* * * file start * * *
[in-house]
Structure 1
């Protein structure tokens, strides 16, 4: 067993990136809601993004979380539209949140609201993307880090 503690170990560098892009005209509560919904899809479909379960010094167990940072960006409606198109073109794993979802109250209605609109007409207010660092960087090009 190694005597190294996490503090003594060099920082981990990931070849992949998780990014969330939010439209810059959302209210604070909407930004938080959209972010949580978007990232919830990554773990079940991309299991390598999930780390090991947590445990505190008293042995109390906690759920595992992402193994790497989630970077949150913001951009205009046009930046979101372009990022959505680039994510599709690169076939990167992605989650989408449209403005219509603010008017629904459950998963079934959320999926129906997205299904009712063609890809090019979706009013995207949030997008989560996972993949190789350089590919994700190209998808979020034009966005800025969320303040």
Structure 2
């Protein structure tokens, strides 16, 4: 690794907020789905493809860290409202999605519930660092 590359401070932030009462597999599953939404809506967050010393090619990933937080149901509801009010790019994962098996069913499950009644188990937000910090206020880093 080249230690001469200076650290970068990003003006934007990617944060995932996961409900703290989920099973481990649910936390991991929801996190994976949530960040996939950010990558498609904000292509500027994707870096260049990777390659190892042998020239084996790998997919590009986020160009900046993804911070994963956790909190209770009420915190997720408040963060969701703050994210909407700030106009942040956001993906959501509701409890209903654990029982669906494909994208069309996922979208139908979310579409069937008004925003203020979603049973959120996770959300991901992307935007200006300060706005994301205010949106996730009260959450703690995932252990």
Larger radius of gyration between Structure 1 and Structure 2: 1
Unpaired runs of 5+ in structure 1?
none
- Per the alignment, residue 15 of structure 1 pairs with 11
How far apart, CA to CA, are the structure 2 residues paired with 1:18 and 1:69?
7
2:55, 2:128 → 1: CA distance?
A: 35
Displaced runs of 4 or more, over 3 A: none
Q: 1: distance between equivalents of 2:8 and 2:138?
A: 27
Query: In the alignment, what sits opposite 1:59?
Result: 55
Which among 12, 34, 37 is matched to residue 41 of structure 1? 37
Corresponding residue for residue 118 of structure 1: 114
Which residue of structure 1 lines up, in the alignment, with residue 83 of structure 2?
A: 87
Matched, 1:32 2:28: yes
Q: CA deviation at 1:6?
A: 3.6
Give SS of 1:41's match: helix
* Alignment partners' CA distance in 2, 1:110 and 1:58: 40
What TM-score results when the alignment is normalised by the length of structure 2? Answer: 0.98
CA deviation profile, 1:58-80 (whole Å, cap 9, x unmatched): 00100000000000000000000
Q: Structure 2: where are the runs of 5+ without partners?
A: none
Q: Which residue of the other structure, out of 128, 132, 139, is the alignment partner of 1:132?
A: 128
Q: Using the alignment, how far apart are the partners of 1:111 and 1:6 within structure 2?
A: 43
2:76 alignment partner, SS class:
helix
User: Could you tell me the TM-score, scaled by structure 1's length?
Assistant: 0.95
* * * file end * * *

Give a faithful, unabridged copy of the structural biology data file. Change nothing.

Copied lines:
[in-house]
Structure 1
């Protein structure tokens, strides 16, 4: 067993990136809601993004979380539209949140609201993307880090 503690170990560098892009005209509560919904899809479909379960010094167990940072960006409606198109073109794993979802109250209605609109007409207010660092960087090009 190694005597190294996490503090003594060099920082981990990931070849992949998780990014969330939010439209810059959302209210604070909407930004938080959209972010949580978007990232919830990554773990079940991309299991390598999930780390090991947590445990505190008293042995109390906690759920595992992402193994790497989630970077949150913001951009205009046009930046979101372009990022959505680039994510599709690169076939990167992605989650989408449209403005219509603010008017629904459950998963079934959320999926129906997205299904009712063609890809090019979706009013995207949030997008989560996972993949190789350089590919994700190209998808979020034009966005800025969320303040």
Structure 2
């Protein structure tokens, strides 16, 4: 690794907020789905493809860290409202999605519930660092 590359401070932030009462597999599953939404809506967050010393090619990933937080149901509801009010790019994962098996069913499950009644188990937000910090206020880093 080249230690001469200076650290970068990003003006934007990617944060995932996961409900703290989920099973481990649910936390991991929801996190994976949530960040996939950010990558498609904000292509500027994707870096260049990777390659190892042998020239084996790998997919590009986020160009900046993804911070994963956790909190209770009420915190997720408040963060969701703050994210909407700030106009942040956001993906959501509701409890209903654990029982669906494909994208069309996922979208139908979310579409069937008004925003203020979603049973959120996770959300991901992307935007200006300060706005994301205010949106996730009260959450703690995932252990």
Larger radius of gyration between Structure 1 and Structure 2: 1
Unpaired runs of 5+ in structure 1?
none
- Per the alignment, residue 15 of structure 1 pairs with 11
How far apart, CA to CA, are the structure 2 residues paired with 1:18 and 1:69?
7
2:55, 2:128 → 1: CA distance?
A: 35
Displaced runs of 4 or more, over 3 A: none
Q: 1: distance between equivalents of 2:8 and 2:138?
A: 27
Query: In the alignment, what sits opposite 1:59?
Result: 55
Which among 12, 34, 37 is matched to residue 41 of structure 1? 37
Corresponding residue for residue 118 of structure 1: 114
Which residue of structure 1 lines up, in the alignment, with residue 83 of structure 2?
A: 87
Matched, 1:32 2:28: yes
Q: CA deviation at 1:6?
A: 3.6
Give SS of 1:41's match: helix
* Alignment partners' CA distance in 2, 1:110 and 1:58: 40
What TM-score results when the alignment is normalised by the length of structure 2? Answer: 0.98
CA deviation profile, 1:58-80 (whole Å, cap 9, x unmatched): 00100000000000000000000
Q: Structure 2: where are the runs of 5+ without partners?
A: none
Q: Which residue of the other structure, out of 128, 132, 139, is the alignment partner of 1:132?
A: 128
Q: Using the alignment, how far apart are the partners of 1:111 and 1:6 within structure 2?
A: 43
2:76 alignment partner, SS class:
helix
User: Could you tell me the TM-score, scaled by structure 1's length?
Assistant: 0.95